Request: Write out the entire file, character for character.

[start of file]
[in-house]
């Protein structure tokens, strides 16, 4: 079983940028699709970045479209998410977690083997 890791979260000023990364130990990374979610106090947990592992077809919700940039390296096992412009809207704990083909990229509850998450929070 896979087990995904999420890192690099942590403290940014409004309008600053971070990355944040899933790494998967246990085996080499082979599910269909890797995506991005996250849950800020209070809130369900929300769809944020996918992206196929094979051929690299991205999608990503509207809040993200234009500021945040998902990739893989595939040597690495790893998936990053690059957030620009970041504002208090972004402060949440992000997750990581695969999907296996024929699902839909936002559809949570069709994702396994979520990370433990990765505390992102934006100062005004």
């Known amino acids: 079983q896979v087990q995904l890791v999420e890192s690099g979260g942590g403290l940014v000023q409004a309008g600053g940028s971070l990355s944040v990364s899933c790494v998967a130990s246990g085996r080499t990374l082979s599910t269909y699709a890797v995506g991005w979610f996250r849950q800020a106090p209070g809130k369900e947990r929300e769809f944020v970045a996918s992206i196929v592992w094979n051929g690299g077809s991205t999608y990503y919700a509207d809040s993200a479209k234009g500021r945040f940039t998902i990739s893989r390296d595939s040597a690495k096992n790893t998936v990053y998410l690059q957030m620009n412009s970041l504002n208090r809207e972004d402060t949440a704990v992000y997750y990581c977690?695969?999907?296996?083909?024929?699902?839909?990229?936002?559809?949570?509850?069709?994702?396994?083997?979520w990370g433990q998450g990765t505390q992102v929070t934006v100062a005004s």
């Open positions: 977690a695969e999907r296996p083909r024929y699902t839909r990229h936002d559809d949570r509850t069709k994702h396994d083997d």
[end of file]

[in-house]
């Protein structure tokens, strides 16, 4: 079983940028699709970045479209998410977690083997 890791979260000023990364130990990374979610106090947990592992077809919700940039390296096992412009809207704990083909990229509850998450929070 896979087990995904999420890192690099942590403290940014409004309008600053971070990355944040899933790494998967246990085996080499082979599910269909890797995506991005996250849950800020209070809130369900929300769809944020996918992206196929094979051929690299991205999608990503509207809040993200234009500021945040998902990739893989595939040597690495790893998936990053690059957030620009970041504002208090972004402060949440992000997750990581695969999907296996024929699902839909936002559809949570069709994702396994979520990370433990990765505390992102934006100062005004």
């Known amino acids: 079983q896979v087990q995904l890791v999420e890192s690099g979260g942590g403290l940014v000023q409004a309008g600053g940028s971070l990355s944040v990364s899933c790494v998967a130990s246990g085996r080499t990374l082979s599910t269909y699709a890797v995506g991005w979610f996250r849950q800020a106090p209070g809130k369900e947990r929300e769809f944020v970045a996918s992206i196929v592992w094979n051929g690299g077809s991205t999608y990503y919700a509207d809040s993200a479209k234009g500021r945040f940039t998902i990739s893989r390296d595939s040597a690495k096992n790893t998936v990053y998410l690059q957030m620009n412009s970041l504002n208090r809207e972004d402060t949440a704990v992000y997750y990581c977690?695969?999907?296996?083909?024929?699902?839909?990229?936002?559809?949570?509850?069709?994702?396994?083997?979520w990370g433990q998450g990765t505390q992102v929070t934006v100062a005004s």
């Open positions: 977690a695969e999907r296996p083909r024929y699902t839909r990229h936002d559809d949570r509850t069709k994702h396994d083997d």